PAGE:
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Originally published in Interiors & Sources

09/25/2013

Manufacturer and Consumer Priority Differences Revealed

 
According to a new study released by UL, there are several critical gaps between manufacturer and consumer priorities.

Do manufacturers really know what consumers want?

According to a new global study released by Underwriters Laboratories, a safety science company, there are several critical gaps between manufacturer and consumer priorities. The study reviews several industries including high-tech, building materials, and smart appliances.

Noteworthy differences in manufacturer and consumer attitudes towards products include:

  • Product quality dominates. While many issues play an important role with manufacturers, it is clear from the data that product quality consistently dominates in terms of its importance and appears to be an area where there is a sizable gap in consumer confidence. Manufacturers in both developed and emerging markets rank quality as highly important; however, the majority of consumers indicate they feel manufacturers use the lowest cost materials regardless of quality.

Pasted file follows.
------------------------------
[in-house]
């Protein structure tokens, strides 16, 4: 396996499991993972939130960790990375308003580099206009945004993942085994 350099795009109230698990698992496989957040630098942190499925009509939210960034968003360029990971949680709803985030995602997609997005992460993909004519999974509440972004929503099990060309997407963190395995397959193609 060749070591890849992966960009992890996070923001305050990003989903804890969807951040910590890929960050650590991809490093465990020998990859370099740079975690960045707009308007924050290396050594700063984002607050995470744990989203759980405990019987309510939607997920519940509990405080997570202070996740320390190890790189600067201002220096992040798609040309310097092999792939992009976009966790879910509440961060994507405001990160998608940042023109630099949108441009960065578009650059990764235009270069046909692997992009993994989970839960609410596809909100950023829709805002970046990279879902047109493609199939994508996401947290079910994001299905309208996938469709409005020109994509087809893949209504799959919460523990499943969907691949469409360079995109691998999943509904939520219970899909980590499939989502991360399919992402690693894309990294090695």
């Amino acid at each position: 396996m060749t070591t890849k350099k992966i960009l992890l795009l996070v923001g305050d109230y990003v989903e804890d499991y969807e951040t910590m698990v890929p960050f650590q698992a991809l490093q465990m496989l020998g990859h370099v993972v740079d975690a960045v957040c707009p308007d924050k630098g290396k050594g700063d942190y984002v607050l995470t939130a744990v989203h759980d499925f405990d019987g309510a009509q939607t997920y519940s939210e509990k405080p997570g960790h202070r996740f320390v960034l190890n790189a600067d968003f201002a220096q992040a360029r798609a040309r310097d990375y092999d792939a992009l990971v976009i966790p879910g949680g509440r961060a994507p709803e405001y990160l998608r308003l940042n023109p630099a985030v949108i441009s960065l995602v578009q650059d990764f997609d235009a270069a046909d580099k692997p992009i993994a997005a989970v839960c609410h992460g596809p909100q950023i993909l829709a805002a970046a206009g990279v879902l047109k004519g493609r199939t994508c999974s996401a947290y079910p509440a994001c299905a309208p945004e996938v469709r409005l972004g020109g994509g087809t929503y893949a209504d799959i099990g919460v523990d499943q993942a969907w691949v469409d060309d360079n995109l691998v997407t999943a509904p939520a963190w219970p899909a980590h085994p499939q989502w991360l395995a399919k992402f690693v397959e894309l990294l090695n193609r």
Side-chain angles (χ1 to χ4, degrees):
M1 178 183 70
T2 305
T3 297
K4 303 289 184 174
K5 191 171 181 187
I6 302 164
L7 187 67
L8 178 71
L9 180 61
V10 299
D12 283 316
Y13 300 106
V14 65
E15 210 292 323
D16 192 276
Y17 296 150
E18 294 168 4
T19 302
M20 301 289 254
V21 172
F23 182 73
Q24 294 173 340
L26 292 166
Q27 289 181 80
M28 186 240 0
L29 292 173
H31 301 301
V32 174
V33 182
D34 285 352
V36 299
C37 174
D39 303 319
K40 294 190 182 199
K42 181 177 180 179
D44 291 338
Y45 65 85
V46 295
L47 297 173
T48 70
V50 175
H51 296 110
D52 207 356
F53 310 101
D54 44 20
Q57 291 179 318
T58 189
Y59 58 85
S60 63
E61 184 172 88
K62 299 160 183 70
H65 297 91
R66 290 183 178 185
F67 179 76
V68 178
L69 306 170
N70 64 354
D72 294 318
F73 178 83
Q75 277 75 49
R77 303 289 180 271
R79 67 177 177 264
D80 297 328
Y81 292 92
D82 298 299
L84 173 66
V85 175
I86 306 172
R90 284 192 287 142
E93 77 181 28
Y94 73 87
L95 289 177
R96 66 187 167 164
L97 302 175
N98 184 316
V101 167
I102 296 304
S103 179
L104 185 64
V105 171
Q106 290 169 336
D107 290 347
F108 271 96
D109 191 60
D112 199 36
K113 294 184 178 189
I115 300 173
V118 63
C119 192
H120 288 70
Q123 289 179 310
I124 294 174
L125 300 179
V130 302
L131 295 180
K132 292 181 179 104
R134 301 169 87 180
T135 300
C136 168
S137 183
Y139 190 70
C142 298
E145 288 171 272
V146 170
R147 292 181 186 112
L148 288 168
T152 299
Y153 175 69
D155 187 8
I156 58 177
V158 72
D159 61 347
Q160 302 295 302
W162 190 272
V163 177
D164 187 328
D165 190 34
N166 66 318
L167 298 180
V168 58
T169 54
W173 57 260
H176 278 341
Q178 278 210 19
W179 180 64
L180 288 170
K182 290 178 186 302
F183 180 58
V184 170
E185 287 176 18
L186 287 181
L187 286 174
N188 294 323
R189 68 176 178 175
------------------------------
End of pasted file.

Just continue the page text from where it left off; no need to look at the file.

• Health impact is a rising priority. While the environmental impact of products and manufacturer processes is still important for both consumers and manufacturers, the health impact of products emerged as the top rising priority for consumers. A gap in priorities can be seen in how they view environmental products: manufacturers see the impact to the environment as more important than the impact to human health but, for consumers, the health impact is more important.
  • Improvement is desired in transparency and traceability. With globalization a key factor adding to the complexity of manufacturer and consumer considerations, issues such as transparency and traceability are increasingly important. While manufacturers understand that there is a demand and desire for supply chain transparency and traceability, consumers don’t believe manufacturers are doing enough in these areas.

To read the full report visit The Product Mindset 2013.

 

 
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